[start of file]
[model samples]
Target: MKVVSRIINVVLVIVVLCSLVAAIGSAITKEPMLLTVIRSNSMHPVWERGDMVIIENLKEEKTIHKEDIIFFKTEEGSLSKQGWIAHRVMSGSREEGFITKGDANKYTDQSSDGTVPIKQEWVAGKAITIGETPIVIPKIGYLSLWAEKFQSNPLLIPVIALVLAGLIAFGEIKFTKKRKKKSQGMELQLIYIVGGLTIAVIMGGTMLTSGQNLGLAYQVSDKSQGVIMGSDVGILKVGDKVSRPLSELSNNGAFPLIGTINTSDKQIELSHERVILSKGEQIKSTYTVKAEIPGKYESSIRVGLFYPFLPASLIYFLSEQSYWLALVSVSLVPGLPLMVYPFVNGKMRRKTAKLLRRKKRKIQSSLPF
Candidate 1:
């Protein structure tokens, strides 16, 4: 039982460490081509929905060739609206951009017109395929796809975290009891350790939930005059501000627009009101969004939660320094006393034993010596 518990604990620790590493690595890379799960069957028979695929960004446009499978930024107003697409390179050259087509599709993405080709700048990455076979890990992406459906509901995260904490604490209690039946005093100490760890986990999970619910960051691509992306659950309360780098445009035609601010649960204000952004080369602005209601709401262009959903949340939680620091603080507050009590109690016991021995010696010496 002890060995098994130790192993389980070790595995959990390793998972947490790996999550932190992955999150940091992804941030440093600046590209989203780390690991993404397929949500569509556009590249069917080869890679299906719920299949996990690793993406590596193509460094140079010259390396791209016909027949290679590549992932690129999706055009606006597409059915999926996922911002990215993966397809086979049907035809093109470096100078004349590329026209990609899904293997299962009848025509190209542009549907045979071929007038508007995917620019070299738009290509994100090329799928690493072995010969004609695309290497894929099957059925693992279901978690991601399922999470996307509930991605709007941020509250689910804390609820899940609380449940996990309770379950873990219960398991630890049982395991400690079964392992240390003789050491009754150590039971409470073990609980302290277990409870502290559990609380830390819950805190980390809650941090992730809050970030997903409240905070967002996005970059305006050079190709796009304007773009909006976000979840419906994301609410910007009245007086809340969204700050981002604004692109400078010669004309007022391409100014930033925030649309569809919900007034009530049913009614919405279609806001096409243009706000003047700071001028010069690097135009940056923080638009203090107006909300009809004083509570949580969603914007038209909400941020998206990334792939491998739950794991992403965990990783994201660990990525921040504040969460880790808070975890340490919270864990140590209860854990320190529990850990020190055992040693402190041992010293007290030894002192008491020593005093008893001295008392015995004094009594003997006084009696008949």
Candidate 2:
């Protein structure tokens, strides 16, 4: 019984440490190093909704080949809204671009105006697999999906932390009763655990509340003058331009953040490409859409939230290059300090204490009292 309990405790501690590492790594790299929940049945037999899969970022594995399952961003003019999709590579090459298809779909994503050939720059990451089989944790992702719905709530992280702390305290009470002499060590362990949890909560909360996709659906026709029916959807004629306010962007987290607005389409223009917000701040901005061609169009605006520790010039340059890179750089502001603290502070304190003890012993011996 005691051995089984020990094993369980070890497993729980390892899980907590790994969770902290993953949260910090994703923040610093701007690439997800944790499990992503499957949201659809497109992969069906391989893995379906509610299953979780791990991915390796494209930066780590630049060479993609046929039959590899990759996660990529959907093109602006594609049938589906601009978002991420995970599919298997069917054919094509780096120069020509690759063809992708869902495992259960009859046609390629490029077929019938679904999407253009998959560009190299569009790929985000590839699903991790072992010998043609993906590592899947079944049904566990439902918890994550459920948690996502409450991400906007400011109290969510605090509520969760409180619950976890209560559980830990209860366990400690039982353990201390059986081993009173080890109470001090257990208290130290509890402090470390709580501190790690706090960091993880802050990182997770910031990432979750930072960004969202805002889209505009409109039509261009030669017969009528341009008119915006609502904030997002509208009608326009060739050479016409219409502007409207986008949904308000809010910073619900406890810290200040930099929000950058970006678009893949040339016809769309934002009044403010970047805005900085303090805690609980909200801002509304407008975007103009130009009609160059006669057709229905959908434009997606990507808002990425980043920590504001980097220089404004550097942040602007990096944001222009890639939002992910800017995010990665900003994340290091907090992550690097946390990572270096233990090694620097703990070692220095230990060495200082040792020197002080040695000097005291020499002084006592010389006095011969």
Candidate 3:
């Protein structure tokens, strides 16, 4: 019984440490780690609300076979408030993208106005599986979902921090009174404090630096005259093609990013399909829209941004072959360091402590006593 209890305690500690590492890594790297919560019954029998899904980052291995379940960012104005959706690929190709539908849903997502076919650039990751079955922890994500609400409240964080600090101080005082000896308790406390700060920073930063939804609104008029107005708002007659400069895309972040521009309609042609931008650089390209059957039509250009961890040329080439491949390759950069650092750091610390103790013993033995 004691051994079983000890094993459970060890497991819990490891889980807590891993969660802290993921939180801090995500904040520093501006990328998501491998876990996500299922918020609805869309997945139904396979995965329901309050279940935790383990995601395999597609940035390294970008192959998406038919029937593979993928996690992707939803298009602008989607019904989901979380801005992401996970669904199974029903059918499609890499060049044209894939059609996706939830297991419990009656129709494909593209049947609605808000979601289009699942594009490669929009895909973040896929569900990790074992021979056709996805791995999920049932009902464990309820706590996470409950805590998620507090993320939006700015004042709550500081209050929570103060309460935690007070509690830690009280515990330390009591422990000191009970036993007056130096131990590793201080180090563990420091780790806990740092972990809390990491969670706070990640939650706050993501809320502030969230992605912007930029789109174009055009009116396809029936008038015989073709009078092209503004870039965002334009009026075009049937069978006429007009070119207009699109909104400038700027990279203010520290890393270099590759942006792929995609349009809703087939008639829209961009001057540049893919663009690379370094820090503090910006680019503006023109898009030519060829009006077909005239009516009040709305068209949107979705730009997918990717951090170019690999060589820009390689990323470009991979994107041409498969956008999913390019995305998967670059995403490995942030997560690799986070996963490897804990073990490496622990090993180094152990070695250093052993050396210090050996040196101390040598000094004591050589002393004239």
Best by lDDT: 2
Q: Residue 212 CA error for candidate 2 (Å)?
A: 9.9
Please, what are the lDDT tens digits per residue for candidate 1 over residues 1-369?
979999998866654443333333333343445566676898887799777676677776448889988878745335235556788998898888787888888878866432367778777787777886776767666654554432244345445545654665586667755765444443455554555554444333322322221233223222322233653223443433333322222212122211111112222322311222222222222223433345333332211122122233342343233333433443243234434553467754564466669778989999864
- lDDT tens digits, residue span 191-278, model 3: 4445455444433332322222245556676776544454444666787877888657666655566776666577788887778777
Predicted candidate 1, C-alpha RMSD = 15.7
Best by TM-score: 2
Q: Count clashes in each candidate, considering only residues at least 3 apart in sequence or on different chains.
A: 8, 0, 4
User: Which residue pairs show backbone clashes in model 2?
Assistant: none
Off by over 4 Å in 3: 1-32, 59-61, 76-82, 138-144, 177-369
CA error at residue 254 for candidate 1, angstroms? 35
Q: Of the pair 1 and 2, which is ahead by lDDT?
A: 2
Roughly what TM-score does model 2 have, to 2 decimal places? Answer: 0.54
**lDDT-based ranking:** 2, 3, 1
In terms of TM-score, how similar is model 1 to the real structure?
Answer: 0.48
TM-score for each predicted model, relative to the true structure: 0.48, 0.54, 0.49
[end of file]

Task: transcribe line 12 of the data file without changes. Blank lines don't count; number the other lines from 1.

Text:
Please, what are the lDDT tens digits per residue for candidate 1 over residues 1-369?